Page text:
Another welcome drop in the rate of inflation arrived in February. The annualized rate slowed to 5.2% from 5.9% in January.
The decline is better than expected. However, Statistics Canada points out the drop sounds more dramatic than it actually is, because it is being compared to February of last year, which saw a sharp increase in inflation due to the Russian invasion of Ukraine.
Food and fuel remain as key elements in the latest numbers. Falling gasoline prices led the pullback in inflation, while rising grocery costs persisted as a strain on household budgets. With those two volatile items removed from the calculation “core” inflation stands at 4.8% for February, down a notch from 4.9% in January
The Bank of Canada’s preferred measures of core inflation also continued to ease: “CPI Trim” fell to 4.8% in February from 5.0% in January; “CPI Median” dipped to 4.9% from 5.0%; “CPI Common” slowed to 6.4% from 6.6%.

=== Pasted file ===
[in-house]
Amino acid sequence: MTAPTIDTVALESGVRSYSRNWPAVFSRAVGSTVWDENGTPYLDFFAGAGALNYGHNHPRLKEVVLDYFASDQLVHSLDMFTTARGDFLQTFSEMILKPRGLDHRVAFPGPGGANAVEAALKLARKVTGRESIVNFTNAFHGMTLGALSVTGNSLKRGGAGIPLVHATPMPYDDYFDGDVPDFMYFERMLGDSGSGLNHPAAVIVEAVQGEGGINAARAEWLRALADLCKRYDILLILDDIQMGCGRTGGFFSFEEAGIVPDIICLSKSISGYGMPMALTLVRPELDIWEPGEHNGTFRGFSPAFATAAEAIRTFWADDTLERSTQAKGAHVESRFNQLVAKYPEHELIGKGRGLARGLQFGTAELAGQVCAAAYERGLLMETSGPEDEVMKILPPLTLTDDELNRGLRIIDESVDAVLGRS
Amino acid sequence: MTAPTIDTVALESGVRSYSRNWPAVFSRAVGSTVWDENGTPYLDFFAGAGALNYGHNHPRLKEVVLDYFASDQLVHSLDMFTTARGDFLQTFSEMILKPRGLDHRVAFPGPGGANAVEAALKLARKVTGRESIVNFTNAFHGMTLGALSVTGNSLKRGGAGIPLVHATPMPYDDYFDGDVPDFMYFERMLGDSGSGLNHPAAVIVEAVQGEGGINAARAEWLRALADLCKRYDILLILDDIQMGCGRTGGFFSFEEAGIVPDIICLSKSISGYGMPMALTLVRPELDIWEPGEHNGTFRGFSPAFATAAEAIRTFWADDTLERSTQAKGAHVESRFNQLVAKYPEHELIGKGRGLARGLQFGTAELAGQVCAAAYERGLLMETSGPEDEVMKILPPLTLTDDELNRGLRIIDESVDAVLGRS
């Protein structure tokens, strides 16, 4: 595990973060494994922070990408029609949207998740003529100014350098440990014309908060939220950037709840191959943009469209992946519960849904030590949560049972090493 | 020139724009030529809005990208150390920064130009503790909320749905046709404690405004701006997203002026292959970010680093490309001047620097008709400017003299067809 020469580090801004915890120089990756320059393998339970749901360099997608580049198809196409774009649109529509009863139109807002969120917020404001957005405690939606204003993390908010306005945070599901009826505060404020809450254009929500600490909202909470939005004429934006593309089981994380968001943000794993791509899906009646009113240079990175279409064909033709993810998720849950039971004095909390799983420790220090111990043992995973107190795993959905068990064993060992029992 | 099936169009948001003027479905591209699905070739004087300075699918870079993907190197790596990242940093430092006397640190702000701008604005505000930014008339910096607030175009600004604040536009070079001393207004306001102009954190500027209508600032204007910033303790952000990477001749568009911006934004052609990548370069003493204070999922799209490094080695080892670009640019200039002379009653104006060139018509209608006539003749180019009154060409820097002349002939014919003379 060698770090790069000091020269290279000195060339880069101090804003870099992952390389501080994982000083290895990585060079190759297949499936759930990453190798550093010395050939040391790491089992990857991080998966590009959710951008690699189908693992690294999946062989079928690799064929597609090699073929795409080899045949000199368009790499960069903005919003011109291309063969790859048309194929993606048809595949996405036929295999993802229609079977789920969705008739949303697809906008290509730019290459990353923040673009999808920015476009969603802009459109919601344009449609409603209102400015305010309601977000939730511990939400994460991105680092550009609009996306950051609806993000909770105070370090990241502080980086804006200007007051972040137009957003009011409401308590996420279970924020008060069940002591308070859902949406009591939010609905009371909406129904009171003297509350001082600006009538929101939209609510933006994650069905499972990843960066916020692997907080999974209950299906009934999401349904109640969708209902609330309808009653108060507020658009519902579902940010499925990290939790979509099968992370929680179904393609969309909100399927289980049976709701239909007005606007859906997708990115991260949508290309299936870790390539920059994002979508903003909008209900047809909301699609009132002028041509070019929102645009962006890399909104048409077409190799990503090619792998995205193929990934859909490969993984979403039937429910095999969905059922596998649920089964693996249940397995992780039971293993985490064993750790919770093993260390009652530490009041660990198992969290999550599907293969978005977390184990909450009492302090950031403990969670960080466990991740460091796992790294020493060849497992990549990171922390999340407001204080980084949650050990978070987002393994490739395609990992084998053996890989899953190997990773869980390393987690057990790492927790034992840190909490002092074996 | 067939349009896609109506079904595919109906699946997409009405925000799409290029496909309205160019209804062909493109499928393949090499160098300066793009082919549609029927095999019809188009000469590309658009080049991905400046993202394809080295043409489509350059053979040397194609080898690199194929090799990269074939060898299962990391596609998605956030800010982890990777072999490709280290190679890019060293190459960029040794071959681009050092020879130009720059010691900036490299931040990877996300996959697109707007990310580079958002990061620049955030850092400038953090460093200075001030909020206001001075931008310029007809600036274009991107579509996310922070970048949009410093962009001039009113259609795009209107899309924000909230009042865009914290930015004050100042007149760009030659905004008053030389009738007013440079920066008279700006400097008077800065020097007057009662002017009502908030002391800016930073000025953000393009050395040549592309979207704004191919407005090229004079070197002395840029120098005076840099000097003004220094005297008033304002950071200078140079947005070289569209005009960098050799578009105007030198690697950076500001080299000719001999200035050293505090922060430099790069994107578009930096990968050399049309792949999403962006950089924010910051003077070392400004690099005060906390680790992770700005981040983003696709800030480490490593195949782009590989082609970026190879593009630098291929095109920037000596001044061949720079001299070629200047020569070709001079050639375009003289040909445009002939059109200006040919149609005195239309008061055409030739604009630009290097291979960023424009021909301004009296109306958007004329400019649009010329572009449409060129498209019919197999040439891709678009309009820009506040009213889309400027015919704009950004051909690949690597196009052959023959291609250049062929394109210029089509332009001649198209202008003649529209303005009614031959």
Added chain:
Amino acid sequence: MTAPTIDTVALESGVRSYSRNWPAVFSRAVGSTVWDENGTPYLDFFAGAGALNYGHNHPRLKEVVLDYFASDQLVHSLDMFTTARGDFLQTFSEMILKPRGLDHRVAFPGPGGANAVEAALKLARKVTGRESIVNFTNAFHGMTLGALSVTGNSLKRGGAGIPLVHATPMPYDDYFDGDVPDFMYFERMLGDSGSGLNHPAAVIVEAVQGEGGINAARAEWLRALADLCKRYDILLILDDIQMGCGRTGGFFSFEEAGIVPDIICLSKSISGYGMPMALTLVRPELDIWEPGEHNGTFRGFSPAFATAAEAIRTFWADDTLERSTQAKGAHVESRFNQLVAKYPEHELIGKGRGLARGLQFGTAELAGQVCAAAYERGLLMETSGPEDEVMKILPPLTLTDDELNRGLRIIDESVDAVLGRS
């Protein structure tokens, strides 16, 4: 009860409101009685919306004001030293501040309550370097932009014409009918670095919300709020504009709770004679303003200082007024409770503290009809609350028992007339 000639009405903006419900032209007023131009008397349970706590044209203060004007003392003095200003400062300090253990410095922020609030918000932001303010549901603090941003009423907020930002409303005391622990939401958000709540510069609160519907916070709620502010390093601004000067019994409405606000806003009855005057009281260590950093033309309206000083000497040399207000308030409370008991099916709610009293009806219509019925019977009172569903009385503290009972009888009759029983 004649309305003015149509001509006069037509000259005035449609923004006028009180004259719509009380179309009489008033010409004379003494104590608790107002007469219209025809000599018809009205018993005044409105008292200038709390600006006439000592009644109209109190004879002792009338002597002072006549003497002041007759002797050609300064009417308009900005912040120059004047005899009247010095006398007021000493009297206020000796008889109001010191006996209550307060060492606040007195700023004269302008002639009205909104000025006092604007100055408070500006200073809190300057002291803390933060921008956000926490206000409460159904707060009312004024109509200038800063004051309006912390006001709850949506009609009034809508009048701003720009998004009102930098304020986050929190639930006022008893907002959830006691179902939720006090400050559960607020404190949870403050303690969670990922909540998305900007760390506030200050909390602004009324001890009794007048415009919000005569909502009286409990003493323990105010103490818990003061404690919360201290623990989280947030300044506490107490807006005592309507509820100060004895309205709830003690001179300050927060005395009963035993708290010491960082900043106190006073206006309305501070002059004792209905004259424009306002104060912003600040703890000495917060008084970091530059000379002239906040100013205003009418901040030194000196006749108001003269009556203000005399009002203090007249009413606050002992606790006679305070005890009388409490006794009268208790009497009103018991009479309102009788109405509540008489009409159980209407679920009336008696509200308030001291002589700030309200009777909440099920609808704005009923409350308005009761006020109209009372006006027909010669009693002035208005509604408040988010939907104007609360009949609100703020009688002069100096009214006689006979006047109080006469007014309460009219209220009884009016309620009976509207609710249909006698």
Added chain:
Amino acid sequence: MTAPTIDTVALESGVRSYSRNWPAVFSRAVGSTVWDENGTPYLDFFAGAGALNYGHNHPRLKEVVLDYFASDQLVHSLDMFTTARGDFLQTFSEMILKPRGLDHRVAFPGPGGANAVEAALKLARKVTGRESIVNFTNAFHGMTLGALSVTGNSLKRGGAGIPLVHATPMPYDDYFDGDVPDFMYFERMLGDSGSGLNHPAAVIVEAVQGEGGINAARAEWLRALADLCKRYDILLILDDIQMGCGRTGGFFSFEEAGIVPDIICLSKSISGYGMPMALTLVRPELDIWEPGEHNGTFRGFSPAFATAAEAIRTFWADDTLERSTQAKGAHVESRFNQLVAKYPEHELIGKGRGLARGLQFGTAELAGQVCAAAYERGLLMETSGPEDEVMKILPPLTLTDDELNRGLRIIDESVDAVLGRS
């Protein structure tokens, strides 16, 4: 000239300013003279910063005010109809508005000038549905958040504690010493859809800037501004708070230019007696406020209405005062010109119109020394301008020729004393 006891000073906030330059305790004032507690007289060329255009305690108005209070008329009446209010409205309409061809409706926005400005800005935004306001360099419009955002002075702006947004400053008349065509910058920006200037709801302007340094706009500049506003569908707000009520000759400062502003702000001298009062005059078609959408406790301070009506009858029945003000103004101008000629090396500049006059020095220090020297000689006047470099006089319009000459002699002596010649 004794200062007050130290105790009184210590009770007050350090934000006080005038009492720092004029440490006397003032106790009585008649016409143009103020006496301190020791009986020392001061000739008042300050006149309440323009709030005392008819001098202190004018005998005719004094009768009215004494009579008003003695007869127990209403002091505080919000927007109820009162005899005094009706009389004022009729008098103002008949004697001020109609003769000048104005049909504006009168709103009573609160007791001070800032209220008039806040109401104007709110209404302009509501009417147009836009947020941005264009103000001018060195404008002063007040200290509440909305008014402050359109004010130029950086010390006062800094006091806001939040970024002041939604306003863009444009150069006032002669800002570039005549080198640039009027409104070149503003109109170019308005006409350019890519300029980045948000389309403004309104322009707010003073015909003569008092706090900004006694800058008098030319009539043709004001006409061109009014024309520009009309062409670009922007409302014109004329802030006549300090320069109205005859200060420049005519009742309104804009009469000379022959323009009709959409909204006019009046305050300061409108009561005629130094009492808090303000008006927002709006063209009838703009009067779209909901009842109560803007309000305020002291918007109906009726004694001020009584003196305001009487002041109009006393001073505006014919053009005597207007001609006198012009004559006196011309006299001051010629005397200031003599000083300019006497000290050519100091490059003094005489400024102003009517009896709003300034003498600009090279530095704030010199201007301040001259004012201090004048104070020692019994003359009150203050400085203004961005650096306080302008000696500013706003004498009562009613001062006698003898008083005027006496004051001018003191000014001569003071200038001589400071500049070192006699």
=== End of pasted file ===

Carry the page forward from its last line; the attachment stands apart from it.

For homeowners and homebuyers there is a mixed message. For owners, replacement cost, which relates to the price of new homes, rose at an annual pace of 3.3% compared to 4.3% in January. Other owned accommodation expenses, which includes real estate commissions, eased to 0.2%, from 1.1%, month-over-month.
For buyers, mortgage interest cost remains a key driver of inflation, rising 23.9%, up from 21.2% in January.
The Bank of Canada’s next rate setting is April 12th. With the good inflation news and the current banking turmoil in the U.S. and Europe, most market watchers expect the BoC will continue to pause its rate hikes.